Professor Michael Karmis is evading basic questions about whether clean energy experts were consulted in his critical cost-benefit analysis of how Virginia can meet its federal Clean Power Plan (CPP) goals.  This raises the possibility that Dr. Karmis, director of the Virginia Center for Coal and Energy Research, is shielding donors from legitimate public scrutiny.

The cost-benefit analysis was mandated by the legislature, is relied upon by the Governor, and is included in the Virginia Energy Plan. As we’ve reported before, Karmis is a curious choice to author this foundational document. The Clean Power Plan gives states wide flexibility on how to meet standards. Logically, such an analysis should consider a variety of solutions to cut power plant pollution, including fast-growing renewable energy sources that have created 290,000 jobs in neighboring mid-Atlantic states in recent years.

Is Virginia Tech’s Coal Center Director Evading Questions to Shield Donors?Yet, Karmis’s Coal Center is heavily oriented to only one, highly-polluting energy source – coal. The Center’s website lists a number of significant players in the coal industry as Sponsors that provide “generous financial contributions.” High ranking members of those same companies serve on the Center’s Advisory Board. Of its eight in-house “experts,” seven have strong financial ties to the coal industry – but none to clean energy sources.

State law mandated that Karmis’s Center be consulted, but not be the lead author of the analysis – a big difference in the level of power a coal-centric perspective would have in driving the process.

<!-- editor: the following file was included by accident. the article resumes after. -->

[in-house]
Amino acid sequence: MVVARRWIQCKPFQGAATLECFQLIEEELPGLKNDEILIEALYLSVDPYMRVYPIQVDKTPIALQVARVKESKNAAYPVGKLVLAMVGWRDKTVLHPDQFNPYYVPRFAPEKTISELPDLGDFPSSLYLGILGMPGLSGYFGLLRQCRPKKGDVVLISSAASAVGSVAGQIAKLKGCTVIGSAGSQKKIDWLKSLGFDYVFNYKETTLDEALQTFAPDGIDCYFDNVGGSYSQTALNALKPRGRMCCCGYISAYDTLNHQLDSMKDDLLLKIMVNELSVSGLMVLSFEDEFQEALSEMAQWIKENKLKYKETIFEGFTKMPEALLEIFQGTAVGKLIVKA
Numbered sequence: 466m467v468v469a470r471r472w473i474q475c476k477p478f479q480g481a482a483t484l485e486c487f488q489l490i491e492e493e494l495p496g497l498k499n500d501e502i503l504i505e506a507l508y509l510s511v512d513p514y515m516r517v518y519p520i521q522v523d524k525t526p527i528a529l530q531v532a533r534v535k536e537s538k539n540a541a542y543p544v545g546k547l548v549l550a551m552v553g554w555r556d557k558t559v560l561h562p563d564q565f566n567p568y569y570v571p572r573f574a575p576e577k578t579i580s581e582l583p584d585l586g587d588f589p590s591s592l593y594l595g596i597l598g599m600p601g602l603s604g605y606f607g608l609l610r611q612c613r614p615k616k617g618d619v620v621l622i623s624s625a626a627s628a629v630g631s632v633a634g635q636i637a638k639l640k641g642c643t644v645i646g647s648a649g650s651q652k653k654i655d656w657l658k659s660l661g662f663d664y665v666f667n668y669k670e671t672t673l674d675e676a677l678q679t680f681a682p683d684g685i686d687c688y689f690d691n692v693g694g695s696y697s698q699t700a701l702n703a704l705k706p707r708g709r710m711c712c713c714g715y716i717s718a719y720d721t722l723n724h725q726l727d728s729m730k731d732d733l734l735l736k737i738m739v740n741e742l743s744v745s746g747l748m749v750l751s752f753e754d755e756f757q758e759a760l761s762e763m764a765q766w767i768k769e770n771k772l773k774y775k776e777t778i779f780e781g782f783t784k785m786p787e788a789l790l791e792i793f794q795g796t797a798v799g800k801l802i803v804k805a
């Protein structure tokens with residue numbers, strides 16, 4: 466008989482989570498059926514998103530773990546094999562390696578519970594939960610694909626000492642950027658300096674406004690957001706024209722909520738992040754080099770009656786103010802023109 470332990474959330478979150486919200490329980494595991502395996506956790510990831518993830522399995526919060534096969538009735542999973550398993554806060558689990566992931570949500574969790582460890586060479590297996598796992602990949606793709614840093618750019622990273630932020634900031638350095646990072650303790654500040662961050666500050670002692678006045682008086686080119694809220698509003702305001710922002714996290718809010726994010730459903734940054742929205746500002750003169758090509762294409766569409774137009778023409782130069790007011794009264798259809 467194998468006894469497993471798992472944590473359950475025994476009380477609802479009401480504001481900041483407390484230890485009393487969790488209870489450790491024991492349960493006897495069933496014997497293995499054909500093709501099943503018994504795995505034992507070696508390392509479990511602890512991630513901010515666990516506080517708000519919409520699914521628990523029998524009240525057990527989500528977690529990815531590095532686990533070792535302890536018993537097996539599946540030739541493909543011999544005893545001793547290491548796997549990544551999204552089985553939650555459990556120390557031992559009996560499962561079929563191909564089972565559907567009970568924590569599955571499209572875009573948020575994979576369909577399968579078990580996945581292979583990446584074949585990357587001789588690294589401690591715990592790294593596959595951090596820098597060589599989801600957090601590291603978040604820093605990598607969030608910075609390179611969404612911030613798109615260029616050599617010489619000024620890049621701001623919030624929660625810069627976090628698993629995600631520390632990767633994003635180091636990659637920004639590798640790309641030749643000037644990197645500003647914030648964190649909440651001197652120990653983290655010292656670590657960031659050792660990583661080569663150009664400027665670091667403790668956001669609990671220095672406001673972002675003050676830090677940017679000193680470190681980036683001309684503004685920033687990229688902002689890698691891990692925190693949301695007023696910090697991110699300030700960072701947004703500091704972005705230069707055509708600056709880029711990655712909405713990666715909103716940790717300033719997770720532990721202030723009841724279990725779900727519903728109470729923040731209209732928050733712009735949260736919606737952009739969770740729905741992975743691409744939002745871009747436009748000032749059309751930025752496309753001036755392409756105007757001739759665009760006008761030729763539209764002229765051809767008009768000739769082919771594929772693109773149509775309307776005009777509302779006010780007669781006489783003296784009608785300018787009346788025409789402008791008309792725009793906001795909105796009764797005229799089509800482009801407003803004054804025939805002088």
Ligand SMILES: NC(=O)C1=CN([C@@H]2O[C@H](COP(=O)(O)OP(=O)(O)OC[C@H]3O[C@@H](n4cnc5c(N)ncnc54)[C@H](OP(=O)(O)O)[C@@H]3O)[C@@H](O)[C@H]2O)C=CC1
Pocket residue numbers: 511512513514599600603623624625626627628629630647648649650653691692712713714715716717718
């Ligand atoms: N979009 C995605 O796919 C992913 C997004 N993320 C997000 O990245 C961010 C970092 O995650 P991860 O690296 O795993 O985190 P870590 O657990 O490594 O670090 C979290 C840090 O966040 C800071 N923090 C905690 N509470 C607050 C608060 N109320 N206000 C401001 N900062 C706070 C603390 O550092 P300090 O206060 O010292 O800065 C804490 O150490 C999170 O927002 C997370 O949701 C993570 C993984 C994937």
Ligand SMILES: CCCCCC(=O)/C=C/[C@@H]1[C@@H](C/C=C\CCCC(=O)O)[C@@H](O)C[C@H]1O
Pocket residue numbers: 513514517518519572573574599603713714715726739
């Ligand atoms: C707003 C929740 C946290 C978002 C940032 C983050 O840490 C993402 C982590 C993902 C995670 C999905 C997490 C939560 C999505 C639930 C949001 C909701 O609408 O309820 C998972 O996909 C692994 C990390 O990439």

Evasion of Basic Questions

On Oct. 9, Karmis told me by phone in my only conversation with him, just as he was about to leave for a “site visit” to a West Virginia coal mine, that he had consulted renewable energy experts, but was unable to say who they were due to a nondisclosure agreement (NDA) signed with Virginia’s Dept. of Mines, Minerals and Energy (DMME). Professor Karmis said that if DMME’s Energy Director Al Christopher, who “coordinated” the study, gave him permission to tell me who he consulted with, then he would be “glad to tell you.” Unfortunately, several subsequent attempts to obtain that permission from Mr. Christopher went unanswered. Here’s an example:

email Scott re permission

The Plot Thickens

A Freedom of Information Act request sent to DMME on Sept. 29, 2014, produced records showing that an unusual non-disclosure agreement was the result of a request from a Mr. Hayes Fromme to Mr. Christopher. Fromme is an advisor to the Secretary of Commerce and Trade, and the McAuliffe Administration’s point person in creating the Energy Plan. The purpose was to prevent “outside people seeing the study prior to release.”

email Hayes requests NDA

Professor Karmis, on the other hand, could see reasons of his own for a non-disclosure agreement. In the following Sept. 15 email, Karmis’s top aide John Craynon explains Professor Karmis had “already had a contact” about the cost-benefit analysis his Coal Center and hand-picked consultants were producing and wanted an NDA to “minimize what we need to say.”

email re Karmis wants NDA

In response to a FOIA I sent to Virginia Tech on Oct. 3, the justification for not providing me with the information I requested was the non-disclosure agreement.

email VT Norris re NDA

Major Questions Remain

Is Professor Karmis shielding his Center’s coal industry donors from scrutiny about their involvement with the analysis of how Virginia can meet its Federal Clean Power Plan goals? If so, this is a highly inappropriate action.

It raises important questions about who hired Dr. Karmis to author the document, if others were allowed to bid, and how much Professor Karmis’s Coal Center was paid?  More on that soon.

Scott Peterson

Executive Director

Questions Multiply Around Virginia’s Hiring of Coal Advocate to Write Key Energy Study

The Christopher- Karmis Mystery Continues

Dr. Michael Karmis

Dr. Michael Karmis

In my recent post, “Is Coal Center Too Conflicted to Analyze How Virginia Responds to Fed’s Clean Power Plan?” I raised questions about who in Virginia government chose a professional coal advocate to conduct a cost-benefit analysis of how Virginia should best meet the Clean Power Plan standards.

The advocate in question is Virginia Tech’s Michael Karmis. He runs the Center for Coal and Energy Research and has extensively consulted with the coal industry. His Center is sponsored by: